Something most people fail to acknowledge is that the factory is the easiest place to automate and has largely been done already.
Since the 60’s, in some cases. :-)
Many people “on the outside” of automation really lack enough understanding to know how truly difficult it is to actually do the rest. So they make such vague statements in support of their ideals.
Precisely. It’s going to be a long, LONG time before a robot plumber knocks on your door, crawls under your sink, and changes out the trap. But some people seem to think that’s coming year after next.
We’ve been replacing jobs, not eliminating them.
Kind of. I think we have been replacing jobs, but not as many as people think, because at this nacent stage of AI/Cognitive automation, we’re still writing software and staffing for the support infrastructures. However, once the software challenges are solved, code is reusable, and the infrastructures are in place, the replacement of jobs will accelerate.
I think this is because those who use automation as justification for an ideological position are short-sighted about it.
Yes. All this talk about UBI and GJB is WAY premature; it’s not being driven my necessity, it’s being driven by ideology and sloth. It’s an attempt to strong-arm the conservative majority into a massive expansion of government services through fear-mongering.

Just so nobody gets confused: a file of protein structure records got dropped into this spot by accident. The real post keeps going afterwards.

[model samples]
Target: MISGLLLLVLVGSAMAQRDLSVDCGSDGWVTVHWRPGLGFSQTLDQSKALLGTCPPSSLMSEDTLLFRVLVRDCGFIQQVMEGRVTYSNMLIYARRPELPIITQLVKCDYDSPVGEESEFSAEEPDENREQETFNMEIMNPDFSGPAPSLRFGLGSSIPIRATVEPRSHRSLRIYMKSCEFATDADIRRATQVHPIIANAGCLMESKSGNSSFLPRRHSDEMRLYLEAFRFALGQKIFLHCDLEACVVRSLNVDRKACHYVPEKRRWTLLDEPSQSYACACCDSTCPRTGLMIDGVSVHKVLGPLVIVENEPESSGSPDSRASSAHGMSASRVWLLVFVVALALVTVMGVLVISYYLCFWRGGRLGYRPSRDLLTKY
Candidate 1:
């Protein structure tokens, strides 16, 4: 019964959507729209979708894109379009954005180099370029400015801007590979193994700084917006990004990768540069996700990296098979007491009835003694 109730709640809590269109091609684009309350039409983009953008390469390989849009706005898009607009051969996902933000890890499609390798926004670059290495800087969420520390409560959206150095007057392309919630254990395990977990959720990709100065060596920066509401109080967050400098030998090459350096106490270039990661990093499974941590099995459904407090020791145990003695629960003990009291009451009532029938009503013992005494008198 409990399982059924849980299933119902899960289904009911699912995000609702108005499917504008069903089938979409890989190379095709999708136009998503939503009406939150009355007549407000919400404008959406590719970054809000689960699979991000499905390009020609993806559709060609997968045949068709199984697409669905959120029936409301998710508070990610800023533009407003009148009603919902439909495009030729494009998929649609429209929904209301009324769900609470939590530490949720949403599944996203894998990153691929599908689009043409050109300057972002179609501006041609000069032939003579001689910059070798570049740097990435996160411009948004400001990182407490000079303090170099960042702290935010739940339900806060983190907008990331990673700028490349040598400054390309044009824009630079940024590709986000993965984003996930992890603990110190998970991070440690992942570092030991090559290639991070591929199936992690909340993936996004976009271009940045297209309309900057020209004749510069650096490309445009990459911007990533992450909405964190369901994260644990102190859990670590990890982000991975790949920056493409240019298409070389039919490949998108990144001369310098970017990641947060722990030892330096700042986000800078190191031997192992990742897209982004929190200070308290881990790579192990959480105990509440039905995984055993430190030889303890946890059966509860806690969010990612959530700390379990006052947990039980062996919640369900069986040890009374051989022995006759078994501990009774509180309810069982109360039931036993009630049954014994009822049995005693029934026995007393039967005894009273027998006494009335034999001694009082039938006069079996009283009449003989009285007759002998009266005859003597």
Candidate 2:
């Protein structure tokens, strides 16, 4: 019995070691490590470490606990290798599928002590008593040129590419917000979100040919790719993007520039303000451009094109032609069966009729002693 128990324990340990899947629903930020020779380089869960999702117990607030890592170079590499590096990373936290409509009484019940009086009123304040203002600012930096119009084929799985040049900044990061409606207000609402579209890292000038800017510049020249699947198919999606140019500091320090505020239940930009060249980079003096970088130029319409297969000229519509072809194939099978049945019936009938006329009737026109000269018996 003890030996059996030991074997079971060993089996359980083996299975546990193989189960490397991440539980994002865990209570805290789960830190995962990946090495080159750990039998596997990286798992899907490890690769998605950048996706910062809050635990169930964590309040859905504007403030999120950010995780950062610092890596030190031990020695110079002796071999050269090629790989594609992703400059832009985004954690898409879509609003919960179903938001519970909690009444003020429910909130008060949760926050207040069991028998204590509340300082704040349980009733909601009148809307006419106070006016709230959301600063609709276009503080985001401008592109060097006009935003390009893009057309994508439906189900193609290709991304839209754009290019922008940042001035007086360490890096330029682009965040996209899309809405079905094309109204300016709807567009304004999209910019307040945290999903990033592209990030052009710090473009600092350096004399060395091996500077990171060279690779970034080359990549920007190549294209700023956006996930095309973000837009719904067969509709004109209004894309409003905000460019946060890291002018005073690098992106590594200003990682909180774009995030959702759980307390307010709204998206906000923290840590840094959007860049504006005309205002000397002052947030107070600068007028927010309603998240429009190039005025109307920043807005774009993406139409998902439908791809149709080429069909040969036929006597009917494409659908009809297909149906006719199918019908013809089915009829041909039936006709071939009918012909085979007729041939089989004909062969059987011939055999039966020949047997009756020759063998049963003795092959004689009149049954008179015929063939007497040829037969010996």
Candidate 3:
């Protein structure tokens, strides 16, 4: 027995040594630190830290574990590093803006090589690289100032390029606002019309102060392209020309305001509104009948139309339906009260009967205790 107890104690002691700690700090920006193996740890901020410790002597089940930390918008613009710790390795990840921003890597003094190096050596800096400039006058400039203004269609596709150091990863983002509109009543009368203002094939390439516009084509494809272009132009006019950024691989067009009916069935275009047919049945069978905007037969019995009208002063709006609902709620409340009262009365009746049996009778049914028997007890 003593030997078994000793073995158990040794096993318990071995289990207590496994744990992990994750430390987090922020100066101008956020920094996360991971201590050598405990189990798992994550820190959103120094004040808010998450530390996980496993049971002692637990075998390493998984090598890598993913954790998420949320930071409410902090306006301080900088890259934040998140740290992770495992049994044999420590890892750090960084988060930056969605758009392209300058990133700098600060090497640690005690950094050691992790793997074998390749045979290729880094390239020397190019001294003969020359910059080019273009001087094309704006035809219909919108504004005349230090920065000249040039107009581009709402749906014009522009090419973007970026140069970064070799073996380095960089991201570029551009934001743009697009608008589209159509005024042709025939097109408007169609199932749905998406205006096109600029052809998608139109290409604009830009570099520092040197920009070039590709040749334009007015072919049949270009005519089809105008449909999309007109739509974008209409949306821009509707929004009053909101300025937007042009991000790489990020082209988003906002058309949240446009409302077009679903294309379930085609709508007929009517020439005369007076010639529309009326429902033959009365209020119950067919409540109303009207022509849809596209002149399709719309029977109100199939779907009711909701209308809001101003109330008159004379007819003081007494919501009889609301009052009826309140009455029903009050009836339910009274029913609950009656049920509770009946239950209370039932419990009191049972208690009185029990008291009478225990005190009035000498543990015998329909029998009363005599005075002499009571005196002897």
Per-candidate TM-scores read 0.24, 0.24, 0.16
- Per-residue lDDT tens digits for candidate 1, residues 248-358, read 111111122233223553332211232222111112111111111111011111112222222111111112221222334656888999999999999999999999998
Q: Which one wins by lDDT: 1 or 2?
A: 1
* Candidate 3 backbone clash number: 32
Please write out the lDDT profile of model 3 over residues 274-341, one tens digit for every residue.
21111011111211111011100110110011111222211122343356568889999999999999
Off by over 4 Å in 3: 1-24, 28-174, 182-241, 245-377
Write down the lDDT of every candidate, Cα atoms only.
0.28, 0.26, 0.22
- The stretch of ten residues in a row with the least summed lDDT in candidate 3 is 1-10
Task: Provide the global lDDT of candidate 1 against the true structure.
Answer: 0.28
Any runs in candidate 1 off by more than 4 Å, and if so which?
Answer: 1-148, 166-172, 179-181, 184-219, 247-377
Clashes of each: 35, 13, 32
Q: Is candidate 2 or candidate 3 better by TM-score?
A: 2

Unemployment is low by historical standards, and real wage is holding steady. If you think about it, any broad-spectrum elimination of jobs by automation will be accompanied by either an increase in the unemployment rate, and/or a marked increase in revenue per employee, as productive job functions shift to machines who are willing to work 24x7 for a quart of oil.
When the metrics start to erode, and we can clearly attribute that erosion to jobs lost to automation, THAT is the time to start looking at compensatory policies. In my view, that’s going to be a topic of discussion in the Congress of the mid-2020’s, and trying to tackle it now risks missing nuances that are not apparent in 2017 real time.
I think the human race, generally speaking, has a biological urge to not only reproduce, but to produce.
Yep. Completely agree. And I’d add that speaking in general, the majority of women have no respect for a man who doesn’t produce. :-) And as you point out, that connection is very likely anthropological in basis. A habit built over fifty thousand years is hard to break. :-)
Automation is a foil to collectivism, not an enabler.